For the vast majority of human (homo sapien) existence (approx 350,000-40,000 years ago), our feet were non-shoed. While vulnerable to sharp objects, cold weather, piles of poop, and bites from creatures (any of which--especially when combined--could have been a death sentence), this kept our arches strong and our toes spread wide.
It is estimated that sometime around 40,000 years ago, we started wrapping leather around our feet, providing some protection from cuts, weather, bites, and poo-related infections.
The oldest known shoe was made from tree bark around 10,000 years ago.
Around 8,000 years ago, flip-flop type sandals started showing up in warmer climates, though bare feet were likely preferred most of the time.
The oldest known leather shoe is about 5,500 years old (pictured below), which as you can see still allowed for free movement of the toes and still demanded the muscles in one's feet to provide an arch. These were most common in cold climates.
Over the next few thousand years, as civilizations advanced and grew, so too did our design and use of footwear.
Around the 15th century in Europe, pattens became popular (unless you were poor or a slave, in which case, you were barefoot) as a means of keeping one's feet (and shoes) out of puddles, mud, and human excrement (city-dwelling humans were disgusting animals during this period). Around this time, shoes with a heel became popular among (wealthy) women and men.
By the 17th century, leather shoes with a sewn-on sole were common. But it wasn't until around 1800 that shoes started differentiating between the left and right foot.
By the end of the 19th century, shoe production was largely mechanized. While mass-production got shoes on more feet, the process offered very little variety and individualization ("This shoe comes in a size men's or a size women's."...”Uhh, I guess I'll take the size men's"..."Very good, sir. Good luck, sir.").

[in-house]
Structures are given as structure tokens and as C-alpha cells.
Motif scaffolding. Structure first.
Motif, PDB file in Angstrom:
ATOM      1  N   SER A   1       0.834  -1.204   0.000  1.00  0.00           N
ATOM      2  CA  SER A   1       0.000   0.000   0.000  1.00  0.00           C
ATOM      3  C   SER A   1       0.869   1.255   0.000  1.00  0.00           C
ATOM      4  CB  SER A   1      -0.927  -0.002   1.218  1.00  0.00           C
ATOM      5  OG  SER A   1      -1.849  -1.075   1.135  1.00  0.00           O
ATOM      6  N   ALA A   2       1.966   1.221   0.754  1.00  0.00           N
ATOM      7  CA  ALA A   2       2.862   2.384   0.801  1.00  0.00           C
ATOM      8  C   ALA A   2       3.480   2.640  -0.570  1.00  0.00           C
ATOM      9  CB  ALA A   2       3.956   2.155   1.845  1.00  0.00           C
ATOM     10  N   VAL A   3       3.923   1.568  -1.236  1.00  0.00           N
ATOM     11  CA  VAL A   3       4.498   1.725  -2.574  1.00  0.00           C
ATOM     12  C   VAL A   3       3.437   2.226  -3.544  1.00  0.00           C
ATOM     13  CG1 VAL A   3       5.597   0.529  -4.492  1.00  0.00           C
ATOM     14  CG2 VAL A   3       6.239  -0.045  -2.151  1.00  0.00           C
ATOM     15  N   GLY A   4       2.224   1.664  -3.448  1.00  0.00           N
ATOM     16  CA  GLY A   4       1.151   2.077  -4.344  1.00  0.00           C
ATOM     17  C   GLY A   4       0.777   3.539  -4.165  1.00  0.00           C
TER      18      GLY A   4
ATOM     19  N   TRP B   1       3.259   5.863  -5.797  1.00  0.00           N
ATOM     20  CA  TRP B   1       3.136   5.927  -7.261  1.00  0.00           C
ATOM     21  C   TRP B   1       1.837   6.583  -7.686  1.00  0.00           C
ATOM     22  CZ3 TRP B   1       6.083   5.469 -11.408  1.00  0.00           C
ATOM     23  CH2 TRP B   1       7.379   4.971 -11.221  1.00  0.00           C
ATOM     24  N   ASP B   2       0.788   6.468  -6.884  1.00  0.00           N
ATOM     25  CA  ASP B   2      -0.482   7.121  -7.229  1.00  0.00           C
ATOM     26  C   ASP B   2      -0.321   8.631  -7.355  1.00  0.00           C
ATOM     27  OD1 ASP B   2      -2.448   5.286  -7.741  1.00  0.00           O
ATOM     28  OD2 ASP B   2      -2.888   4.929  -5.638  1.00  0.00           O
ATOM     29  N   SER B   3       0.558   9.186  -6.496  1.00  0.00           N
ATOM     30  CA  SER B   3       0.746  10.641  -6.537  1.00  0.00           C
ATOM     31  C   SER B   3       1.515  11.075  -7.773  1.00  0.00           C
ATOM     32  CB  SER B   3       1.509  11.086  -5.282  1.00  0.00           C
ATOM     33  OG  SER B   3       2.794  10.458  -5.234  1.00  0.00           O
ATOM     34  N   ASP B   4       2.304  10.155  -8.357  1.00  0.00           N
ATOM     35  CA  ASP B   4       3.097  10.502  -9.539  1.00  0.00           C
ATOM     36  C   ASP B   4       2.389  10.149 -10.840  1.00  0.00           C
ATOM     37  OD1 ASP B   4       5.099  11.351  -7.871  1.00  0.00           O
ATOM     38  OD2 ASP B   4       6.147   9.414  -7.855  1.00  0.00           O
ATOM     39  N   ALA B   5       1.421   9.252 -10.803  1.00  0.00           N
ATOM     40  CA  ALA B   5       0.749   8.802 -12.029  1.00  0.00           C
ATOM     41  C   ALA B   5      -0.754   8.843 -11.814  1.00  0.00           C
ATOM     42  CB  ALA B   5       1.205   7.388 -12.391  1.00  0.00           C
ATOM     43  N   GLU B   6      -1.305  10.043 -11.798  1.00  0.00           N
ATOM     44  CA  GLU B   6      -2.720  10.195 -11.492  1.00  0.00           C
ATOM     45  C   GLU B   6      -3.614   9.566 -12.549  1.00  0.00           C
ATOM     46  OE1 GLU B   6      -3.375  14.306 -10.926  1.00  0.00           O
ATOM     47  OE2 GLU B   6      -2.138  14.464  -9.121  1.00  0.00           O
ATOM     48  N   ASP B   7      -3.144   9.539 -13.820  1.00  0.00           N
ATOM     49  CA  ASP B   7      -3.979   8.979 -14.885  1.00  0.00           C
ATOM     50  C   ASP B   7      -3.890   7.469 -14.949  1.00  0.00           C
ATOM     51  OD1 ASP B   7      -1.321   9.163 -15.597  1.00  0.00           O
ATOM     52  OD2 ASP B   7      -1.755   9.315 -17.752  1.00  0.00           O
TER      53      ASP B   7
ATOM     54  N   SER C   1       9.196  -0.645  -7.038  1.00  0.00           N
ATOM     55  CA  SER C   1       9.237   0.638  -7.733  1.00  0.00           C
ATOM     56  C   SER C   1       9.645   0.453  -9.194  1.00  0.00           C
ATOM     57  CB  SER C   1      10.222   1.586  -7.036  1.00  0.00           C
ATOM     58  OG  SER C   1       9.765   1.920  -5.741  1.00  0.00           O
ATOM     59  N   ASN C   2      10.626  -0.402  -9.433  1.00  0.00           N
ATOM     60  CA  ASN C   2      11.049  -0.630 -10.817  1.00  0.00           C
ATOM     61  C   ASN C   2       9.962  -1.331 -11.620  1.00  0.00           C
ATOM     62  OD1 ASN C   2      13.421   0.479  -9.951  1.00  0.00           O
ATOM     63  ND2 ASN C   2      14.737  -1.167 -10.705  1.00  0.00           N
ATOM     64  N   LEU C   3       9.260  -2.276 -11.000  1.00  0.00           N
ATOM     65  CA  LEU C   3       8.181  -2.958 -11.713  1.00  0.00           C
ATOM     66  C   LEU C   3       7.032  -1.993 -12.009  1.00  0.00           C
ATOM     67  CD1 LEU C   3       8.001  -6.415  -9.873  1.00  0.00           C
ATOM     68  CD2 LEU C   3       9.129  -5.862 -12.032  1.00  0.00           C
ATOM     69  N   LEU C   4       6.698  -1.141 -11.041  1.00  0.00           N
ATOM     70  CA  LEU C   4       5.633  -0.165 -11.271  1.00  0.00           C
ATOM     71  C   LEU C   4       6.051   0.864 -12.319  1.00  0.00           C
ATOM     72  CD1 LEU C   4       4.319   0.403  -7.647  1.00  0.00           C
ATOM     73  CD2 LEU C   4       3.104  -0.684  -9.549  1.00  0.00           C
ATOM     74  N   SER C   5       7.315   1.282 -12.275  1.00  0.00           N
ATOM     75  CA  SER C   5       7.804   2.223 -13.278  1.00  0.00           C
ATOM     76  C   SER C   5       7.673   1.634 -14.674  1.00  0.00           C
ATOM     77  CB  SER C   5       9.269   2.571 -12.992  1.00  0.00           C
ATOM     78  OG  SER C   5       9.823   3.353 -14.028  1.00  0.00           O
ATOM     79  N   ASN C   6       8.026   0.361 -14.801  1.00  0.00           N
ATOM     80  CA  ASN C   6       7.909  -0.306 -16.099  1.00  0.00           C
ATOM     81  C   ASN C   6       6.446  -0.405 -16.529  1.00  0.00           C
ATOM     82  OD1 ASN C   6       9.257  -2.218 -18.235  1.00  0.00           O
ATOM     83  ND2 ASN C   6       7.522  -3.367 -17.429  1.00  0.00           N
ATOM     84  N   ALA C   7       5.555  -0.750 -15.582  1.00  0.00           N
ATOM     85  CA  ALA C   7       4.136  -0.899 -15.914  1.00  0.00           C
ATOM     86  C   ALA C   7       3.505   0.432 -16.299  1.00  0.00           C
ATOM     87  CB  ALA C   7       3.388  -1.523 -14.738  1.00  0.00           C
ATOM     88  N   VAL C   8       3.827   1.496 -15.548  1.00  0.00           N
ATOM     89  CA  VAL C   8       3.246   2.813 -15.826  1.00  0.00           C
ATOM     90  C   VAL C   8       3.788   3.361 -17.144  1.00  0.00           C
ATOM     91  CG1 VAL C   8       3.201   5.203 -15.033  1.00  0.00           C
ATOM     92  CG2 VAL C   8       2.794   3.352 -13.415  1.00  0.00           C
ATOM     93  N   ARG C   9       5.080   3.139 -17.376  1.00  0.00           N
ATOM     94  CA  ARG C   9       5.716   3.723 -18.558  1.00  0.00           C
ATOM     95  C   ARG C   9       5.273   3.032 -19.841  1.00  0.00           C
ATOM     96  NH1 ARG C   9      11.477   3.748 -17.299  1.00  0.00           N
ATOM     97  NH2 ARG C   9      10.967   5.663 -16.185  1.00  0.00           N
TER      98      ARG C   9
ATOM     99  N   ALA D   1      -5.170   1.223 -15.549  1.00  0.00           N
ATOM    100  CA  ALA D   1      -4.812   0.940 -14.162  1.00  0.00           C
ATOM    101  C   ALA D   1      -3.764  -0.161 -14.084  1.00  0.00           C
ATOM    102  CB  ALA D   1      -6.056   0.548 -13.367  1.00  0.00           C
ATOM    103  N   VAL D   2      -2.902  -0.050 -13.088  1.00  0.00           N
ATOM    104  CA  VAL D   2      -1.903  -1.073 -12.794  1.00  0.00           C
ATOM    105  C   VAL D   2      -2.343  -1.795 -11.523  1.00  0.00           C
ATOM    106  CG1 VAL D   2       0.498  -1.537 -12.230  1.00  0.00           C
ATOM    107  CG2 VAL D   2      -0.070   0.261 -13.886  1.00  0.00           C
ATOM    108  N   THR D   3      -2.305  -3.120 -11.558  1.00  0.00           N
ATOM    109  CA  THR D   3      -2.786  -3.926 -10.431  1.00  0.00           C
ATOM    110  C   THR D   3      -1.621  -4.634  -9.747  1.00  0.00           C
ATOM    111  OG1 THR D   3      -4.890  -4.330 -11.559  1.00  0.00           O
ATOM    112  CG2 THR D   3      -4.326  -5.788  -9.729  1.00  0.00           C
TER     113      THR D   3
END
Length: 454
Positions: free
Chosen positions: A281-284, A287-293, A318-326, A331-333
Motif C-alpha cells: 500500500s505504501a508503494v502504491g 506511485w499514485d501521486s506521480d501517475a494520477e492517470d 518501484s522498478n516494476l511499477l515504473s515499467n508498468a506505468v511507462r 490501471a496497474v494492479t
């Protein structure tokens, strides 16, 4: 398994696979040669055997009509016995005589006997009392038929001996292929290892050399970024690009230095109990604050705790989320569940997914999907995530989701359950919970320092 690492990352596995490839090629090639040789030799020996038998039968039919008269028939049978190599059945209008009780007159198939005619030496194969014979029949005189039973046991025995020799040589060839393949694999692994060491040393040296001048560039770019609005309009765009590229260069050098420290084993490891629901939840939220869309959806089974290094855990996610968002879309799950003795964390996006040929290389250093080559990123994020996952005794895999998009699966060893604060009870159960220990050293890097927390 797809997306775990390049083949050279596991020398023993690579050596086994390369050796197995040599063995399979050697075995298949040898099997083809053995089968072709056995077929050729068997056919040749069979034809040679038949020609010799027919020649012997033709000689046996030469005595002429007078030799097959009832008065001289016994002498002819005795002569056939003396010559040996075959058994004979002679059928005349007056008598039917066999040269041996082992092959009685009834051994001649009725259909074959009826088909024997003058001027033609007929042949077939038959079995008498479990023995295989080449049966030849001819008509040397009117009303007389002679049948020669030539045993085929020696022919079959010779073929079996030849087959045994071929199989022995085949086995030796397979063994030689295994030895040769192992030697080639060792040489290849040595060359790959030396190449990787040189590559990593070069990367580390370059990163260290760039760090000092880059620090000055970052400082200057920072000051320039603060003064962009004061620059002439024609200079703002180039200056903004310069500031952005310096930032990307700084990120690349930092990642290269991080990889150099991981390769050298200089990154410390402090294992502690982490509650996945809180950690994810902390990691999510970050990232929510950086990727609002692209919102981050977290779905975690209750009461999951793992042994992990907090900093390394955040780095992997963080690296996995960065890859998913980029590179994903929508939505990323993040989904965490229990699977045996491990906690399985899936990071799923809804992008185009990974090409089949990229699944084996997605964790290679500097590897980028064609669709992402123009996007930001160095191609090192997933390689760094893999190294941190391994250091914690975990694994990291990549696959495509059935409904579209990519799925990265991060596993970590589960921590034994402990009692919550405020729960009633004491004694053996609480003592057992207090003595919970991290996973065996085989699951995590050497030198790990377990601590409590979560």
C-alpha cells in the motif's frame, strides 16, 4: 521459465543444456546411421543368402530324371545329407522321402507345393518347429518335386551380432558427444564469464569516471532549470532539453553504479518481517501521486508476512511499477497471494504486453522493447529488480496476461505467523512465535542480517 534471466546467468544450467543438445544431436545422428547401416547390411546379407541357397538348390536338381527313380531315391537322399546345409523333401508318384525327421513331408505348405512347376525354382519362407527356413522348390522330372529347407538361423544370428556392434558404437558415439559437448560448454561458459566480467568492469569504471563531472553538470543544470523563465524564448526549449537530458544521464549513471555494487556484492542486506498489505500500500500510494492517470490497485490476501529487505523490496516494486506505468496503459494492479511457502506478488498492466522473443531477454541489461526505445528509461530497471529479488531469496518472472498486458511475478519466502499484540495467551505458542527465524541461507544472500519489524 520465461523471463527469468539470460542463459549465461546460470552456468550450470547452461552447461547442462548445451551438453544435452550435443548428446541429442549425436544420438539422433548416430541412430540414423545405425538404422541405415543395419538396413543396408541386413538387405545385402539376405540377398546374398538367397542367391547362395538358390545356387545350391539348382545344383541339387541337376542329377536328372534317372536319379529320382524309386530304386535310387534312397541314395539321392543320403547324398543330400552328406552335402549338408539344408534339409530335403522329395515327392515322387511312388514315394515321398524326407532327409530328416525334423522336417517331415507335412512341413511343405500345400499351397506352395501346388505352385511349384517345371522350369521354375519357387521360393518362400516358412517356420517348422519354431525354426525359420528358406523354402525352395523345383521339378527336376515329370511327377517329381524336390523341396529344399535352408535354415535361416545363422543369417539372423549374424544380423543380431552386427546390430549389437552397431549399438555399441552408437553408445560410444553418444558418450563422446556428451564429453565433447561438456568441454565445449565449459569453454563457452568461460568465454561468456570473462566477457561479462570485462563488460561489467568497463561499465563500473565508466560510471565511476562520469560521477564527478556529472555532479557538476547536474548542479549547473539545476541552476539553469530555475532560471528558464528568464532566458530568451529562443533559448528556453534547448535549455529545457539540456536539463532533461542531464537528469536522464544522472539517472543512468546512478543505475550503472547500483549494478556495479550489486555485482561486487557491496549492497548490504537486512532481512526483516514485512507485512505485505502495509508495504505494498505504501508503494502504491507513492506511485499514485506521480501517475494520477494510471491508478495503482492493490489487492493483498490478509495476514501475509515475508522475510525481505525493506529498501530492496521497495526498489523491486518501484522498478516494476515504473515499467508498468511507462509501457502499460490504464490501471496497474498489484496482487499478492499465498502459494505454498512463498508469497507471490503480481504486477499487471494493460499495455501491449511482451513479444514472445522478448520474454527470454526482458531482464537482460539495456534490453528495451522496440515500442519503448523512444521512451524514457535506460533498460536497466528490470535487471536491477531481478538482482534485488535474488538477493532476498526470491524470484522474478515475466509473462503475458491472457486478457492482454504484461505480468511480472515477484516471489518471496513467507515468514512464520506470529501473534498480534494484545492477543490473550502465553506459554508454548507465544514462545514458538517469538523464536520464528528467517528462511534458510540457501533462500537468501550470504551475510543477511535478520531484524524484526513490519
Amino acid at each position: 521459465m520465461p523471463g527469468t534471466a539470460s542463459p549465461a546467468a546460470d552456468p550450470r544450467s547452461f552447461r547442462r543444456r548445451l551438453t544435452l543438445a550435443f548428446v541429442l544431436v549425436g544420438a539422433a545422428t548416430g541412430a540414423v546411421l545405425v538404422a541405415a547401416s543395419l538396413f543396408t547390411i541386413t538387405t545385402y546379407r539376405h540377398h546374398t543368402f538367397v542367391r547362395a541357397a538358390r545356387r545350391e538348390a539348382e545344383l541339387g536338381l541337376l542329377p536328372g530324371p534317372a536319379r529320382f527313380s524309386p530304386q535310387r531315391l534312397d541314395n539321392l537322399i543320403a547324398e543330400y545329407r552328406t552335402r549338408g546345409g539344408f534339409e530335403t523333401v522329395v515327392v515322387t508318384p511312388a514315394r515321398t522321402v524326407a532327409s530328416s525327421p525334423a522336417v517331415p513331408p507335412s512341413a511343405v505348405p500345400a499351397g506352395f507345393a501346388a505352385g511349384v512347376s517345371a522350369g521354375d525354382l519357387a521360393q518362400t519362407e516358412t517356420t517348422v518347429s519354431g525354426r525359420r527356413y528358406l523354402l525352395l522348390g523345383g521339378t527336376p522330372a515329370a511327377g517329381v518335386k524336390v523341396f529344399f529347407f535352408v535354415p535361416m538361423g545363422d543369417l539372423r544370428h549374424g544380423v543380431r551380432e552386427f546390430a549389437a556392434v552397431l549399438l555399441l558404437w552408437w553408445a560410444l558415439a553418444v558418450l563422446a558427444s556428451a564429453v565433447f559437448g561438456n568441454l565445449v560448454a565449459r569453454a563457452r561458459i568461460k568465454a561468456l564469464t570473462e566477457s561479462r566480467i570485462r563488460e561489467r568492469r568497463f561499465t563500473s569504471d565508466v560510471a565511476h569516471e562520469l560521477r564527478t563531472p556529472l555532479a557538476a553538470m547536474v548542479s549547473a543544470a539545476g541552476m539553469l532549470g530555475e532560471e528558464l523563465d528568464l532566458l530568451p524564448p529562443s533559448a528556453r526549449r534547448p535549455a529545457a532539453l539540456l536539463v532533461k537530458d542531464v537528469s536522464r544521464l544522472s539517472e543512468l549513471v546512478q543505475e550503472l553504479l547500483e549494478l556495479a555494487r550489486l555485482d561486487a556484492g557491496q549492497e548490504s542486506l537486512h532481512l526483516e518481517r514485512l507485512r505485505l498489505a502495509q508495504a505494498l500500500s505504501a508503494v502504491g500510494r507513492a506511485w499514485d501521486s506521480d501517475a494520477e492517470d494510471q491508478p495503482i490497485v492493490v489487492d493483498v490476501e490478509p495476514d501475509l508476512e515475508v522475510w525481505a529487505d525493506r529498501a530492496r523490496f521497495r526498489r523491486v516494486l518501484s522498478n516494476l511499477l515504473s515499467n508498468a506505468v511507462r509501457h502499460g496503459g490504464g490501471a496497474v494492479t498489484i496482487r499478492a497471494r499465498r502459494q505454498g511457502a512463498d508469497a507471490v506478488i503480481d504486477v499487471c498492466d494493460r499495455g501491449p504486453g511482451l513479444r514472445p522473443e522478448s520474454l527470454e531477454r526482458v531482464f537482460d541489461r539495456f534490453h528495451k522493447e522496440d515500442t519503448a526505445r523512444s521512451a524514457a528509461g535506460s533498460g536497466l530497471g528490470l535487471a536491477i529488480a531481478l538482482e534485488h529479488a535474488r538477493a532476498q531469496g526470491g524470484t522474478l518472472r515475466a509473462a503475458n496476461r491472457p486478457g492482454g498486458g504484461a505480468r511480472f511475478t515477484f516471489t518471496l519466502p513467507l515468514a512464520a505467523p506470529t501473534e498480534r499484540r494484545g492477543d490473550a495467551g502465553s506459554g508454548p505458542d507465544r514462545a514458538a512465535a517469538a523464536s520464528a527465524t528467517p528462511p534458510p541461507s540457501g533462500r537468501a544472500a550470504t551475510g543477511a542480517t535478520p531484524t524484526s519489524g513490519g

The modern shoe--sewn-on sole, raised heel--was made out of leather until the mid-twentieth century, at which point, advances in rubber, plastics, and synthetic cloth opened the door to what we wear today.
For the most part, very little change took place until the 1970's when running started becoming popular. It was around this time that shoes started adding arch support and soft, rounded soles for cushioning. This design trend continued for the following few decades.
At the turn of the last century, however, barefoot running or minimalist running has become popular, which has caused a shift in the design of running and training shoes. Now, running/training shoes are lighter, have minimal arch support, and use a limited height heel. This is great news because this style of shoe provides protection while still allowing for the foot to properly articulate and the toes to move freely.
So that is a (very) short history of shoes. Neat, right?
The reason for providing this brief history is to provide some perspective on the length of time shoes have been in our lives, and how they have become a likely culprit for the most common foot issues many of us are dealing with today. Like many things that were invented to solve of a problem of the era, their purpose has changed over time (safety -> fashion), and have stuck around without much consideration to their original purpose. But that is changing and it's why nerds like me are talking about the importance of developing strong feet.
Shoes are only part of the problem, of course. Spending so much of our time sitting these days, having weak feet from prolonged shoe use only exacerbates these movement issues. But this is a big topic with several active controversies. I also don't want to give the impression that shoes don't serve a purpose. In fact, shoes are better at serving a specific purpose than ever before. You can, and probably should, have several pairs of shoes each designed for a different purpose-a pair of shoes for training, a pair for walking/jogging, and a pair for casual outings, for example.
The importance of having strong feet, particularly when training, can not be understated. Every movement that involves your legs begins with your feet. If your feet are weak and your ankles are unstable, the entire movement becomes compromised. If you have noticed that your toes are being pushed together, take steps now before it gets worse. Get those toes spread apart and walk around barefoot when you can. There are also shoe companies now that make shoes with a wider toe box that don’t smash your toes together. I've tried a bunch and my favorite pair is from Inov-8.